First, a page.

The Reluctant Orthodox – Volume 4 “On Fasting”

It’s when I taste the bitter coffee that I’m most aware I’m heading into a Fast Day, for I like my coffee rich, sweet, and creamy. I get lost in my one-time-a-day, o-so-sweet, pleasure coffee. My strong as death, sweet as love, black as hell coffee.

It is with this small sacrifice that I bow my head in thanksgiving that God helps us to see and know sacrifice first through the small things, those human things that have little significance in eternity, but seemingly great significance in the now. And after these small things, faithfulness to sacrifice the small things, he moves us on to that which is far more important.

Fasting is a hallmark of this ancient faith dating back to Jewish tradition and Jesus. As with all things Orthodox I have to search to find the significance of the fast being on Wednesdays and Fridays. I find out it is because Christ was betrayed on a Wednesday and crucified on a Friday.

Fasting in the Orthodox church is considered “grace-bestowing and life-giving”. 

I am not familiar or used to fast days and extended fasts like the Lenten Fast. I am familiar with the “giving up chocolate for Lent” sort of sacrifice; the “Lenten fast from soft drinks”. This is not the same. 

I search farther and find that the fast is not a ‘complete’ fast, rather it includes no meat, no dairy products, no fish. This is the weekly fast. The Nativity fast and the Lenten fast are separate and take more thought, more discipline.

Fasting is mentioned many times in the Holy Scriptures, over seventy times at least. Jesus and his apostles regularly fasted. Fasting accompanied by prayer is clearly something important in this journey of faith. As I read and ask questions about fasting, I find myself tensing in frustration and rebellion. ‘How legalistic’ I think! ‘Jesus came to abolish the law, yet all these rules?’ Yet are they rules? No one will know if I don’t fast. No one is looking over my shoulder. I’m just being encouraged to do so, with the support and comfort of the Church behind me and thousands of years and examples of saints who have done the same.

Why my tension over something considered “grace-bestowing” and “life-giving”? For a long time I have walked a spiritual path void of discipline, doing what I want when I want, making excuses in my heart and living them out in my body. I know myself. And I know that I want excuses. I need excuses as to why this won’t work for me. Saying ‘no’ to food, ‘no’ to sweet, creamy coffee, ‘no’ to self – this is not comfortable. Our journey into the Eastern Orthodox church challenges me in ways that I did not know possible, I find the heart of much of what I do spiritually to be about self. Learning (slowly mind you) to fast, learning to accompany that fast with prayer, learning honesty as I kneel before God with the words that are slowly becoming familiar to me “Holy God, Holy Mighty, Holy Immortal, Have Mercy on Me” — all of this pushes me gloriously “further in, further up”.

“I have come home at last! This is my real country! I belong here. This is the land I have been looking for all my life, though I never knew it till now…Come further up, come further in!”CS Lewis in The Last Battle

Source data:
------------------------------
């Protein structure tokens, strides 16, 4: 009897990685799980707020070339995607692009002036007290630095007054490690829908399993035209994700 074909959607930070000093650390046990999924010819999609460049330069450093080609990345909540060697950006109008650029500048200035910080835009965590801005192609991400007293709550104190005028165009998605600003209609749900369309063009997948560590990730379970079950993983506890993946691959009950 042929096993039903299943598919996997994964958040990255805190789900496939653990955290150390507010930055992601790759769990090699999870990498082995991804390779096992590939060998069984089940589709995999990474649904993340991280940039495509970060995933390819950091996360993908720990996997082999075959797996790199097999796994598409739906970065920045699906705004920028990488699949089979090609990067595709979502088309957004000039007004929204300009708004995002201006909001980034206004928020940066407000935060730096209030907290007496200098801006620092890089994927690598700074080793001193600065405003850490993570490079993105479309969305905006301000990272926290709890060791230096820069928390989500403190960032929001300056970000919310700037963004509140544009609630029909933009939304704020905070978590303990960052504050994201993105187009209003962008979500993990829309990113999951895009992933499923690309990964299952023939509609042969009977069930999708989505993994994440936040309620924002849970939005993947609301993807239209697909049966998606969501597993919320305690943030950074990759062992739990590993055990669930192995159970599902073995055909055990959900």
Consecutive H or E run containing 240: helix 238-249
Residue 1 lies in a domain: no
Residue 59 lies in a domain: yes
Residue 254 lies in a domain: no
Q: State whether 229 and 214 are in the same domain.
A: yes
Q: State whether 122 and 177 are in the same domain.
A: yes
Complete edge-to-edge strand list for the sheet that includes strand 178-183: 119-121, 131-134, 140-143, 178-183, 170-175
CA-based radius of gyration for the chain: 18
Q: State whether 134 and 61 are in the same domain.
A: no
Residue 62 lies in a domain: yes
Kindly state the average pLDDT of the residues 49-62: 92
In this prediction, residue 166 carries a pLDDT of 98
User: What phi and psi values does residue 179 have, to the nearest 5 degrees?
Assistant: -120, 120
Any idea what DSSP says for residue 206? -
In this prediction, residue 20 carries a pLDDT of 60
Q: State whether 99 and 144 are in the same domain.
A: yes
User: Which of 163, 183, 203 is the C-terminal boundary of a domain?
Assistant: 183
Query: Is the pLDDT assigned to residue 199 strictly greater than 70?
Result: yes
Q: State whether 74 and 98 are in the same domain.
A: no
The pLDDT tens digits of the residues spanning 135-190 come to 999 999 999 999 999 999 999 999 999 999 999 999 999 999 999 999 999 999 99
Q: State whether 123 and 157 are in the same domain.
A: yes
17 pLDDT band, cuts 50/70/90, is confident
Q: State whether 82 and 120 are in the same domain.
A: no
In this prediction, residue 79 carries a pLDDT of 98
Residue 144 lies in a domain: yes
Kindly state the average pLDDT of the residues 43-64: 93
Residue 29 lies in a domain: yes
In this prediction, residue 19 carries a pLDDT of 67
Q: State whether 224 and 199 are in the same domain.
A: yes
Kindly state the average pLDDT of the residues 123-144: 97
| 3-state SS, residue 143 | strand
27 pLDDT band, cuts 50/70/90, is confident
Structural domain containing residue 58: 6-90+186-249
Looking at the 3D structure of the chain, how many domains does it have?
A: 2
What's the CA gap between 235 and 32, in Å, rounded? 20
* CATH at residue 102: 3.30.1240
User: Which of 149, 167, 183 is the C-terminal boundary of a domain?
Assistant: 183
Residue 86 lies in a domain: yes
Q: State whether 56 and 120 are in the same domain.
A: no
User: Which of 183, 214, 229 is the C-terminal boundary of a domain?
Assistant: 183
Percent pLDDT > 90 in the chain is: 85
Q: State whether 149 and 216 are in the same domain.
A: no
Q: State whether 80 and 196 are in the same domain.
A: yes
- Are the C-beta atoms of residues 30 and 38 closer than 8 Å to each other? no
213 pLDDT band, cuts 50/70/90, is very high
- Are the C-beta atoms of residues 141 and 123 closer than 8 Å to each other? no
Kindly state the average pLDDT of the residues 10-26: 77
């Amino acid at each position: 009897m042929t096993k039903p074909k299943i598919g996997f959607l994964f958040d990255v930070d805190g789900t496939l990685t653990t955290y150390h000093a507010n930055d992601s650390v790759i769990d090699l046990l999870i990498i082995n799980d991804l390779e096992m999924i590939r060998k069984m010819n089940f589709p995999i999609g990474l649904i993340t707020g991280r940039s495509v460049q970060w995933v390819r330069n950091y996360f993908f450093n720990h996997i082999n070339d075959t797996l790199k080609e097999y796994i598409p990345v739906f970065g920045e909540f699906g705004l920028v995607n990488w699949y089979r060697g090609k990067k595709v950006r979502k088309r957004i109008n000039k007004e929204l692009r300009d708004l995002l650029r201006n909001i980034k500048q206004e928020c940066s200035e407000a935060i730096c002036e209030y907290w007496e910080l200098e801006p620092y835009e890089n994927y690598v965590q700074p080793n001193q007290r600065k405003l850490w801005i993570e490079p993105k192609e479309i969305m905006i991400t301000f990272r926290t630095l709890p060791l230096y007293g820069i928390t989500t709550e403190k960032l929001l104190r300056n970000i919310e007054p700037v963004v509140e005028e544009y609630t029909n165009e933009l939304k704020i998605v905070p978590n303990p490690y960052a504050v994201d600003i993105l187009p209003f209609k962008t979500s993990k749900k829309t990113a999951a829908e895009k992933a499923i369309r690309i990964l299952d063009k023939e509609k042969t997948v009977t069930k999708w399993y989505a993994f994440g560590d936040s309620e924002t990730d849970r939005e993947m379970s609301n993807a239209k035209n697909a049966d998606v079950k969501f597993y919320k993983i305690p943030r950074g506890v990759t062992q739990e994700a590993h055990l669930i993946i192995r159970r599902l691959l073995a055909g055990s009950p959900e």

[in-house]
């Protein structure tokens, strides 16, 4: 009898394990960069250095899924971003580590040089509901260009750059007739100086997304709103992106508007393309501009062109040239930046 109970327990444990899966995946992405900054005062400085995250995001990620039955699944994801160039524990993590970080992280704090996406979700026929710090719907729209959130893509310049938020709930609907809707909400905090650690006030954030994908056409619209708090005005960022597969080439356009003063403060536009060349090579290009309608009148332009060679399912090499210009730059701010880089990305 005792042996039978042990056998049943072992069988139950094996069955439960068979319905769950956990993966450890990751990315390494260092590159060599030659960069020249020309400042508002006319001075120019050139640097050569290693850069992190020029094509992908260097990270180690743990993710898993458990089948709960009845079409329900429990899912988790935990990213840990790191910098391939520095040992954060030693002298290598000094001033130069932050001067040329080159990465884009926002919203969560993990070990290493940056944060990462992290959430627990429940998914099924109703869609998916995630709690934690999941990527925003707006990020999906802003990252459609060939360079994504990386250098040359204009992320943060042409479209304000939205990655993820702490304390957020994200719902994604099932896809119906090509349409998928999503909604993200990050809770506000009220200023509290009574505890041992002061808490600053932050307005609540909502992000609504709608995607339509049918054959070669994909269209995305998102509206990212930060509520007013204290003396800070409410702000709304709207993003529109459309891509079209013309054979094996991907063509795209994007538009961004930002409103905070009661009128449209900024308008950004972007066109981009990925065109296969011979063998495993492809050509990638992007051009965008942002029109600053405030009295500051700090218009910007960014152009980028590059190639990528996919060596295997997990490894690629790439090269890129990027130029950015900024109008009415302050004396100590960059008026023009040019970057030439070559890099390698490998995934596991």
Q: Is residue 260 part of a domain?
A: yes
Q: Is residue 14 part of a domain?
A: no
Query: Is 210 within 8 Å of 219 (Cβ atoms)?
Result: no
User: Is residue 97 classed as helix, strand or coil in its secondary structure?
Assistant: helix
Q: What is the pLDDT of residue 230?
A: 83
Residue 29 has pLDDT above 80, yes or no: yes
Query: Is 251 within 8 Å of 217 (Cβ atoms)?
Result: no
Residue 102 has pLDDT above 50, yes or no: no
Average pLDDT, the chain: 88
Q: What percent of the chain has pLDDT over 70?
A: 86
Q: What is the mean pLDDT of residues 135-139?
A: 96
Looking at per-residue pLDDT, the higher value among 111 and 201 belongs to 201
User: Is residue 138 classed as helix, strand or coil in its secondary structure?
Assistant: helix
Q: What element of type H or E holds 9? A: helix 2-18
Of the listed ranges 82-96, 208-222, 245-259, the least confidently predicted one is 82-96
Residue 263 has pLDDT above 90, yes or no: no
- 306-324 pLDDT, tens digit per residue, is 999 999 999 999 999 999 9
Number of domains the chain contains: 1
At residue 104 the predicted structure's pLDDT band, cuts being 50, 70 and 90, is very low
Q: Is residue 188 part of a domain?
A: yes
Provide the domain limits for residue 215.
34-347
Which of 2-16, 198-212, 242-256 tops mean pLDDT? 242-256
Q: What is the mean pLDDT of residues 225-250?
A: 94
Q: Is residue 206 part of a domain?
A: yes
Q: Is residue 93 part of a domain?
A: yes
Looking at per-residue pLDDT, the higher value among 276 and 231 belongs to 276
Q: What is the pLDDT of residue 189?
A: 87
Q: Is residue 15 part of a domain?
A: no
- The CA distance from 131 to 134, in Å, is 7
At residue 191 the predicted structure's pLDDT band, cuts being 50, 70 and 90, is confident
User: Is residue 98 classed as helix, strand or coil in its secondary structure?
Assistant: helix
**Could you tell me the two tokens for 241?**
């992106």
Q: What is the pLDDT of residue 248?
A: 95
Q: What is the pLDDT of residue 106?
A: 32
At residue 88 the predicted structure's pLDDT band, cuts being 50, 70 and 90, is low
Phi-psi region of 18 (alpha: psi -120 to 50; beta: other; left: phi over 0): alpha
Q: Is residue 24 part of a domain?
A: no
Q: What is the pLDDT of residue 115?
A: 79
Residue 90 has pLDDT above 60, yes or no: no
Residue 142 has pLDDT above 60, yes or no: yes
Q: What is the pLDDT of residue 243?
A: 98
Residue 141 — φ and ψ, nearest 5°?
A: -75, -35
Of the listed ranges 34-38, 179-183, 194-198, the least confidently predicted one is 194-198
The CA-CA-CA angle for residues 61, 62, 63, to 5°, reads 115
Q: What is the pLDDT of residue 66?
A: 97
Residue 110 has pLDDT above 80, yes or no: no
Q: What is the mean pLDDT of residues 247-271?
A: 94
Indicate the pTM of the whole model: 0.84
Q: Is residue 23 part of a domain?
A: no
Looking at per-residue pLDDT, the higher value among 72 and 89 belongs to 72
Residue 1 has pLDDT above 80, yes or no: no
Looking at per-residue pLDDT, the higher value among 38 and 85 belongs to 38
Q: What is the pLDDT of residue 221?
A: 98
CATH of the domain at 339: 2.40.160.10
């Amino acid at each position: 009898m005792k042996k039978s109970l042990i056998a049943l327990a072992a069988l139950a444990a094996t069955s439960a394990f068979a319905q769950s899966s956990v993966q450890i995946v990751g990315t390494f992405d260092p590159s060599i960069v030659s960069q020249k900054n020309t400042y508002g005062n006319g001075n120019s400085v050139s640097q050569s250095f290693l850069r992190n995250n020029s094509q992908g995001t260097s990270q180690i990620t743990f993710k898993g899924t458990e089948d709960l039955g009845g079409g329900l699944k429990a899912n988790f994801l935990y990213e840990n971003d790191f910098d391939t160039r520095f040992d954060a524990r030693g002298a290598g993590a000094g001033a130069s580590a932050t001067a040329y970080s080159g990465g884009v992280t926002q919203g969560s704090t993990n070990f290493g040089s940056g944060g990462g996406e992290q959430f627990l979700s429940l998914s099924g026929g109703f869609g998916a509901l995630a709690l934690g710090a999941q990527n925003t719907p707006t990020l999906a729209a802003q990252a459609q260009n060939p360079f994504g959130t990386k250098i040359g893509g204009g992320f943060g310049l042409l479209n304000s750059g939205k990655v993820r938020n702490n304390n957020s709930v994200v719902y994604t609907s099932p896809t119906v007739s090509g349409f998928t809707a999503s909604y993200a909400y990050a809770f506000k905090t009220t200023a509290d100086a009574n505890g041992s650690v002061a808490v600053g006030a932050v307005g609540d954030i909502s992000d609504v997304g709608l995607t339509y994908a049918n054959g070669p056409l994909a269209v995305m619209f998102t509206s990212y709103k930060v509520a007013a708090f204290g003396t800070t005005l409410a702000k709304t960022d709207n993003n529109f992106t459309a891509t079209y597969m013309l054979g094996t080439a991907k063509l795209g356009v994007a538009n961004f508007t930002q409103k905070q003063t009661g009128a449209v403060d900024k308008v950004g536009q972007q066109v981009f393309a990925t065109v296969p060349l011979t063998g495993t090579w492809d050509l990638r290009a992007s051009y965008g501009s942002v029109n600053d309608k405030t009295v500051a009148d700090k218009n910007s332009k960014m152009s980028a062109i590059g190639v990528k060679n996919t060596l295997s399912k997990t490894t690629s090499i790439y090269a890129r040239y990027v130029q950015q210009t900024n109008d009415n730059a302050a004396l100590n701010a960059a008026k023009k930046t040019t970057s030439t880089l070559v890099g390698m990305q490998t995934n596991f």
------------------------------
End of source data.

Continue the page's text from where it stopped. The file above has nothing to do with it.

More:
I’m back to another sip of my bitter coffee, the bitter coffee representing a discipline leading me closer to the One who sacrificed all – for me. 

A Look at Ramadan from an Outsider

Today marks the first day of Ramadan for Muslims around the world. Ramadan is held during the 9th month of the Islamic calendar and commemorates the time where the Koran was revealed to the prophet Mohammad. Ramadan is a month of fasting and is one of the 5 pillars of Islam, the others being belief in one God, charitable giving or tithe, the call to pray five times a day, and if financially and physically possible, a pilgrimage to the holy city of Mecca.

It is a time of fasting and prayer where Muslims are to abstain from food and drink as well as smoking and sex daily from the time the sun comes up until dusk. At sun down the fast breaks with a special fruit drink and dates, after which a meal is eaten. This ritual is held daily for a month. All are to take part except for the very young, the sick, the elderly and those who are pregnant. Ramadan is also a time when calls for Zakat, or charitable giving, increase.

Just like the diversity of Muslims world-wide, the practical practice of this month-long period of fasting varies from family to family and country to country. I was probably around 9 years old, and had already witnessed several years of the practice of Ramadan when I began to understand a bit of what it meant for those surrounding me in Pakistan. As a Christian white kid, it was an annoyance. Why couldn’t we buy Fanta when we were on a family trip? Why did we have to be careful where we had our picnics, to not eat publicly lest we offend?

As I grew, so did my understanding of this faith tradition and the truth claims of Muslims. When I moved to Egypt I would have talks with our Muslim friends about the significance and discipline of fasting and prayer, a reminder of something bigger than we were. We would be warmly invited to attend the iftar celebrations (breaking of the fast) at sunset, eating, laughing and talking with our friends. While during the day the world surrounding us felt oppressive, once the Call to Prayer signified the breaking of the fast, people would break into party mode, eating special foods and drinks late into the night. Colorful Ramadan lanterns were hung on balconies and trees bringing a festive air during the evening, a stark contrast from the heavy atmosphere during the day.

Update 2021: Rachel Pieh Jones new book PIllars is an indepth look at how an outsider grew in knowledge of both Islam and her own faith by living in a Muslim country. You can purchase Pillars here, and listen to some podcasts with the author here.